ECMO Prevents a Carbon Monoxide Death

FRESNO, Calif. (KFSN) -- Allison Morgan and her husband's weekend race getaway ended in tragedy and what some people are calling a miracle. But a machine usually reserved for transplant patients was able to save Allison's life.

Allison savors every minute with four-year-old Carly Morgan. But for weeks, doctors and family weren't sure she'd ever see her again.

Allison, her husband, Craig Morgan, and friends went to Talladega Superspeedway in Alabama for a race.

"We cooked supper, had a shrimp boil that night, and then, got ready and went to bed. And that's the last thing I remember until I woke up ten days later," Allison told Ivanhoe.

A generator in the couple's RV malfunctioned, filling it with deadly carbon monoxide. Allison spent 10 days unconscious at UAB Hospital in Alabama.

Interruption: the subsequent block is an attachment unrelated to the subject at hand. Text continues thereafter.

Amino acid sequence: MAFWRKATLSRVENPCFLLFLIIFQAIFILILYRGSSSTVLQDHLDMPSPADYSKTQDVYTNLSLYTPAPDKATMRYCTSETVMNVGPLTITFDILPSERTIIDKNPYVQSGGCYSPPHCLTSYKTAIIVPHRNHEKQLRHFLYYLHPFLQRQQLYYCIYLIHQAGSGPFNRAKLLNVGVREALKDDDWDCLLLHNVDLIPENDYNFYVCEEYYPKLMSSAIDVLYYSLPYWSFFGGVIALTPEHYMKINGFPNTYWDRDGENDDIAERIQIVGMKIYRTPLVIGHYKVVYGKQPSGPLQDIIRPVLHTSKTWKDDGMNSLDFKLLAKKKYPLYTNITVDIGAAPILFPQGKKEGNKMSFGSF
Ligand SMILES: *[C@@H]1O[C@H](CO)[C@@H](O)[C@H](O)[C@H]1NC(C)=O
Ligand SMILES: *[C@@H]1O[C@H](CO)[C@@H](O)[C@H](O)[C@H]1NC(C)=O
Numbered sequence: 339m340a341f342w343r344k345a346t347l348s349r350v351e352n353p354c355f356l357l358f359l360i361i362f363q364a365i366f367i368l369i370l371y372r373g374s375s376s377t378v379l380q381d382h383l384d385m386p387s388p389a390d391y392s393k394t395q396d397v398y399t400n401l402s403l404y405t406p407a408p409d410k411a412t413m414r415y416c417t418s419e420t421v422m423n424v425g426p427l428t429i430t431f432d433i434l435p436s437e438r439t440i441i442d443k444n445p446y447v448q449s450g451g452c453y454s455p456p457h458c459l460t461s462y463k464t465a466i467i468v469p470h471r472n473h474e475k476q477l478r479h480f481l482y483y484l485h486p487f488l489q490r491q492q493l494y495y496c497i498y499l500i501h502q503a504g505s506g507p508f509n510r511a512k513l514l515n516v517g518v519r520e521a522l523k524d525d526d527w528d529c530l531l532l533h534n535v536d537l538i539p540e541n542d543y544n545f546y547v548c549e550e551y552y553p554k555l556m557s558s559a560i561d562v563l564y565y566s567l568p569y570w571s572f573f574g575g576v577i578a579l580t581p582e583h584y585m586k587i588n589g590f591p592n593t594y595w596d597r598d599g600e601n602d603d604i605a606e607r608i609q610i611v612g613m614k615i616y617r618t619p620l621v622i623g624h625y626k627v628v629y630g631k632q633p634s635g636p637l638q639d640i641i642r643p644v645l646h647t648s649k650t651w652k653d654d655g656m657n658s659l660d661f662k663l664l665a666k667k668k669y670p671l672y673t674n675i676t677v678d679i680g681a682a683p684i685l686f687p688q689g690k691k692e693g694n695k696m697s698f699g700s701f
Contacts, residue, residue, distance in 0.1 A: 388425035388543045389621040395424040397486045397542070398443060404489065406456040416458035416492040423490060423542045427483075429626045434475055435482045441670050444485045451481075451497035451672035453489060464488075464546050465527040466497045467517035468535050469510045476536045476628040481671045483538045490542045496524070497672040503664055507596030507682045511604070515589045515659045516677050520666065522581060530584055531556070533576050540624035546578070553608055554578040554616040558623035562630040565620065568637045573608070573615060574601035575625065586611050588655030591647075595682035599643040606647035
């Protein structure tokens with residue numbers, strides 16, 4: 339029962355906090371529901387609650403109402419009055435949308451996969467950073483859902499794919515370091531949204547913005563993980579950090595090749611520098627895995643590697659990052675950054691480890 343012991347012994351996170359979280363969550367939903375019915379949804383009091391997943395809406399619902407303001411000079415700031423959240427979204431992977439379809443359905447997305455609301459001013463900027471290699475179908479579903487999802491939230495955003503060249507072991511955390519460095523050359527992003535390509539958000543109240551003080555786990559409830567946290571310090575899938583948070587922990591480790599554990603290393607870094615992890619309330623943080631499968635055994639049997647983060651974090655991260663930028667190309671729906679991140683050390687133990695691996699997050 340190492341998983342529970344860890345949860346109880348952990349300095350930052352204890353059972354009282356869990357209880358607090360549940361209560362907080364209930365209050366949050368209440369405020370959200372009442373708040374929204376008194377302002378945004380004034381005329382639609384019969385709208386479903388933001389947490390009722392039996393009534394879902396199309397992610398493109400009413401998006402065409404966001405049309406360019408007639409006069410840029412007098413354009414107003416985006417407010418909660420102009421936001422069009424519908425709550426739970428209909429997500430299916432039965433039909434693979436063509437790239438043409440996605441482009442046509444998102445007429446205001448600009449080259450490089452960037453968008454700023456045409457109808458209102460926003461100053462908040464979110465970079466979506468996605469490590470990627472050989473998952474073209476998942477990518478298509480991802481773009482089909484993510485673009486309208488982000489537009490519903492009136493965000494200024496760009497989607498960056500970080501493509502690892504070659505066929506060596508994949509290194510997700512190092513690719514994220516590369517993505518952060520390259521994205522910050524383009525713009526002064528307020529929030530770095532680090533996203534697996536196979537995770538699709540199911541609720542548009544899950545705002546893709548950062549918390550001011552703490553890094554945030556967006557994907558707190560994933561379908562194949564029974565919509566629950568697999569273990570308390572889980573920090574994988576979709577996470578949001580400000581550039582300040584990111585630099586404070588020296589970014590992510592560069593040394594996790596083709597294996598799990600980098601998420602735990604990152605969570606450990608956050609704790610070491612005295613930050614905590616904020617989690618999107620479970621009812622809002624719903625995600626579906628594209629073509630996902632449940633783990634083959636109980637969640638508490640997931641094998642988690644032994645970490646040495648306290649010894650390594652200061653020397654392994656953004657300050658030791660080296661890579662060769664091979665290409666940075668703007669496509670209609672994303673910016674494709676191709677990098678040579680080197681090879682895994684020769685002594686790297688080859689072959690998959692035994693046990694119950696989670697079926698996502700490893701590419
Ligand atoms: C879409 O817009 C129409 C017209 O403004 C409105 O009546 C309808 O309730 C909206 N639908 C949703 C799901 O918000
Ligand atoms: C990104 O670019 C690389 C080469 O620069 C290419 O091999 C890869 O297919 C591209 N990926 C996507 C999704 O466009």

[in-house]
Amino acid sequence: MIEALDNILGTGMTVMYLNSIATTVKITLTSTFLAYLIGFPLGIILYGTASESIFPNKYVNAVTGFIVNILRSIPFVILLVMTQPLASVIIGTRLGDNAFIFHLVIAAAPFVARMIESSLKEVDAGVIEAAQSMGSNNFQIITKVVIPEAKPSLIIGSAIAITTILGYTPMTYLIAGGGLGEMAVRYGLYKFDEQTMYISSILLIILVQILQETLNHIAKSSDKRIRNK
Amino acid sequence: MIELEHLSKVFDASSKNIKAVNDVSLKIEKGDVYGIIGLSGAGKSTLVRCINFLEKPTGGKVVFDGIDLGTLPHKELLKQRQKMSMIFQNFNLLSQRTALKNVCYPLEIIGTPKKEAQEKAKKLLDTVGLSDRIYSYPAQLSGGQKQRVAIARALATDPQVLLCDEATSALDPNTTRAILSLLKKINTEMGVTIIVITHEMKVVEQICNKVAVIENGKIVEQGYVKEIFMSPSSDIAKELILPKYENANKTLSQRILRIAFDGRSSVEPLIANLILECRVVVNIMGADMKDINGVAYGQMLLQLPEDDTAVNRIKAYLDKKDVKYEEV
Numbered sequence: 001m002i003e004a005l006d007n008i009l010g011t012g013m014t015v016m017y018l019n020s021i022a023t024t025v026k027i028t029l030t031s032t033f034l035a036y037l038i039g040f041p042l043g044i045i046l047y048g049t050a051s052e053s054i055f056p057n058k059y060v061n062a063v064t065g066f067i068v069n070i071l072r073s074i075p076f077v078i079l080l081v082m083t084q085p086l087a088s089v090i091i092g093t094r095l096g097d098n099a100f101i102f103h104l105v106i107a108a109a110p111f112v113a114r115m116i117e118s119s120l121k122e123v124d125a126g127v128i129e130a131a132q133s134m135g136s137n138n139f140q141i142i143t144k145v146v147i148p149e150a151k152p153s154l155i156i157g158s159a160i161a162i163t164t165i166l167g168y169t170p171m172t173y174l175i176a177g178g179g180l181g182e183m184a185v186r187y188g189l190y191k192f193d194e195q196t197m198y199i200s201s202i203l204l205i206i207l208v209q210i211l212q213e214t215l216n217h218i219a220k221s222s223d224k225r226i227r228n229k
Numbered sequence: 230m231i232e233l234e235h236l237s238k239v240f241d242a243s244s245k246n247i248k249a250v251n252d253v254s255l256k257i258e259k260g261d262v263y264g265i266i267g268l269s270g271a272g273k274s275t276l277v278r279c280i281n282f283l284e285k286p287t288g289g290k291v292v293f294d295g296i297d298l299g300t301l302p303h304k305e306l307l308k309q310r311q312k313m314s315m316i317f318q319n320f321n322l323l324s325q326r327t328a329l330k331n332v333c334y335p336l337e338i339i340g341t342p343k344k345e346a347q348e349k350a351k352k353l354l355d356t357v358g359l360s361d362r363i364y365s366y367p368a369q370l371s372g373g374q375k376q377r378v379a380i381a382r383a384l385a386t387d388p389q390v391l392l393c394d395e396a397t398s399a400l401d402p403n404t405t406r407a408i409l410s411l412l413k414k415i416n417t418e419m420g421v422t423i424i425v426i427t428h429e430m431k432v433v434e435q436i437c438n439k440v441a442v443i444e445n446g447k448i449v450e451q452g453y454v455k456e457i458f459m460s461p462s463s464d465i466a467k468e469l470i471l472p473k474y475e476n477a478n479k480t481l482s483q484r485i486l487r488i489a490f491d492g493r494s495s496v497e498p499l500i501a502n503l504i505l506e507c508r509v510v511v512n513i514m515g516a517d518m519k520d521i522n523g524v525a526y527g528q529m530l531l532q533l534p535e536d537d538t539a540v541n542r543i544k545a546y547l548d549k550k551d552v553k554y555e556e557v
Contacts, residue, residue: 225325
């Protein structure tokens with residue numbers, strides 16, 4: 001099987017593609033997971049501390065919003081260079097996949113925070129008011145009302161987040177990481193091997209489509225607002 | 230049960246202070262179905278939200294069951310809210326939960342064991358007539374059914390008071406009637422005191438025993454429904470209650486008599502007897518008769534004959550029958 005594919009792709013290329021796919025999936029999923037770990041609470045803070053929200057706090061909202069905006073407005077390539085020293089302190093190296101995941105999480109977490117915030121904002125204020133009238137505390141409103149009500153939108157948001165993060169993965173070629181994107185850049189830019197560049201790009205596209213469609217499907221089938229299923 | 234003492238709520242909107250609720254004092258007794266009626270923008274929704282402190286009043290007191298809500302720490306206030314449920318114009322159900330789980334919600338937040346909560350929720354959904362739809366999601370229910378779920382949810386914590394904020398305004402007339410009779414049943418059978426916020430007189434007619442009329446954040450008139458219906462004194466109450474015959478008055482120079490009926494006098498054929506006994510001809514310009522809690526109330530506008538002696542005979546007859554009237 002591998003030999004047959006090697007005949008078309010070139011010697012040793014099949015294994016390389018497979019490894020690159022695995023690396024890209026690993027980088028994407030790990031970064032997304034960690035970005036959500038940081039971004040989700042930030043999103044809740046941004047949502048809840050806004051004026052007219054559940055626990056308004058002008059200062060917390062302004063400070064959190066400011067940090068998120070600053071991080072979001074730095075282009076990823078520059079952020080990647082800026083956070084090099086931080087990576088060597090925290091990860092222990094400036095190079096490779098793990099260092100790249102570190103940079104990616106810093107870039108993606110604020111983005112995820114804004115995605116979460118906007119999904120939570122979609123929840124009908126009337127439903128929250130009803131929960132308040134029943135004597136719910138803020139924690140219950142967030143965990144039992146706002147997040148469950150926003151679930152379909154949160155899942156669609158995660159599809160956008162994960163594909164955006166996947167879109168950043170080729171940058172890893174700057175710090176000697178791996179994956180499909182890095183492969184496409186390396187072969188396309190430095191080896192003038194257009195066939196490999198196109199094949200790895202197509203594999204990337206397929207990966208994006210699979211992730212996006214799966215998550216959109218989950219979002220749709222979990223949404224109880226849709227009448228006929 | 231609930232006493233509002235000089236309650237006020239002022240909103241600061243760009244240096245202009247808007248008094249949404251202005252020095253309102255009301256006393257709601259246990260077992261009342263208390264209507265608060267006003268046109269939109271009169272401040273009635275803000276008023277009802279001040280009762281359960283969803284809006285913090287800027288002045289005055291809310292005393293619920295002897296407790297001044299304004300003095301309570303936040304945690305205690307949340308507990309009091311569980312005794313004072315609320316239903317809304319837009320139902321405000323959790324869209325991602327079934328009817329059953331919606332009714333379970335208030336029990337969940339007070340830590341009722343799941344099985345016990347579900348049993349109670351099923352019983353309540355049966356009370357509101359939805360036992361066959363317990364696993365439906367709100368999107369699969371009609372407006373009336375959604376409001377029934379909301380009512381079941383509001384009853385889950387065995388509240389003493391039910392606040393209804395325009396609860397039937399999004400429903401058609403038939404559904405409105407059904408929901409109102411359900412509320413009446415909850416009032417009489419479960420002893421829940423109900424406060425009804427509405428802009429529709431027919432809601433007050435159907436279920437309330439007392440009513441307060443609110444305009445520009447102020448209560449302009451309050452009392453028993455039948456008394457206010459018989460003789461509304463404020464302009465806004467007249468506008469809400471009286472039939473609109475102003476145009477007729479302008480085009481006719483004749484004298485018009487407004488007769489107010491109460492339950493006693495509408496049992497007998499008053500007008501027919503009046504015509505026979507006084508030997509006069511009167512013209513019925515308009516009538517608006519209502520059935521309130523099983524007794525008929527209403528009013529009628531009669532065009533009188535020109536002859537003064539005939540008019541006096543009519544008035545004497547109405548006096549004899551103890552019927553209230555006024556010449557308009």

Enrique Diaz, M.D., Pulmonologist at the University of Alabama at Birmingham hooked Allison up to an extra-corporeal membrane oxygenation, or ECMO, machine.

Dr. Diaz said, "She certainly was going to die that night. Support through ECMO saved her life."

For seven days, Allison's blood was pumped through the ECMO, which removed carbon dioxide and infused oxygen, and then put the blood back into her body. That let her heart and lungs rest and heal. And it worked.

When she came to, Allison learned that Craig had died that night in Talladega.

"I had to survive. I have a four-year-old at home, and she needs me. She's lost her father, and she needs me to be home," Allison stated.

She is still mourning her husband's loss, but Allison is also grateful that Dr. Diaz and his ECMO machine brought her home to Carly.

Dr. Diaz continues to use the ECMO machine in other non-traditional ways, with life-saving results. He's used it on Submitpatients with severe flu and patients with serious lung injuries or shock.
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